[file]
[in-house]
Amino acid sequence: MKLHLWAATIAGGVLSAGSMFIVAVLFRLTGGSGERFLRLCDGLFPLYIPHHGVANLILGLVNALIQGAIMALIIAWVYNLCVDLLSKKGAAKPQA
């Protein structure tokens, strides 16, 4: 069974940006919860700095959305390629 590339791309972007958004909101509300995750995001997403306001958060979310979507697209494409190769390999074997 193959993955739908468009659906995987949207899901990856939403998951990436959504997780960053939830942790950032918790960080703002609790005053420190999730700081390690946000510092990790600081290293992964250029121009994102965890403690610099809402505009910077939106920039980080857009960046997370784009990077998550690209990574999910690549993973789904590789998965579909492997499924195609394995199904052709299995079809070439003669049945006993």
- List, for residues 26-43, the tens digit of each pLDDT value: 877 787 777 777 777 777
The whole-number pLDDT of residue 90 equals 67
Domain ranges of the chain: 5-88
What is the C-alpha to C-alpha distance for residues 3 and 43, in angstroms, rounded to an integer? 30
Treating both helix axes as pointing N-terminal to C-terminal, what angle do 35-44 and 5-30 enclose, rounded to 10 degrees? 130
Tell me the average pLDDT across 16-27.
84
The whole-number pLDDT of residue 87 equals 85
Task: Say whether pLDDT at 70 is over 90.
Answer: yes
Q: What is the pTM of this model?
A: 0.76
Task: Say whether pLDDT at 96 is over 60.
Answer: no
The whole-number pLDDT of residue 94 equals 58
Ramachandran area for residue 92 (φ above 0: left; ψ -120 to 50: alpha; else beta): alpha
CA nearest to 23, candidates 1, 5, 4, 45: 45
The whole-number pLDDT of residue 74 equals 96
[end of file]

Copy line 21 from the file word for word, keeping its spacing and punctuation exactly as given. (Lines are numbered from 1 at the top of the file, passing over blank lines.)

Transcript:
The whole-number pLDDT of residue 74 equals 96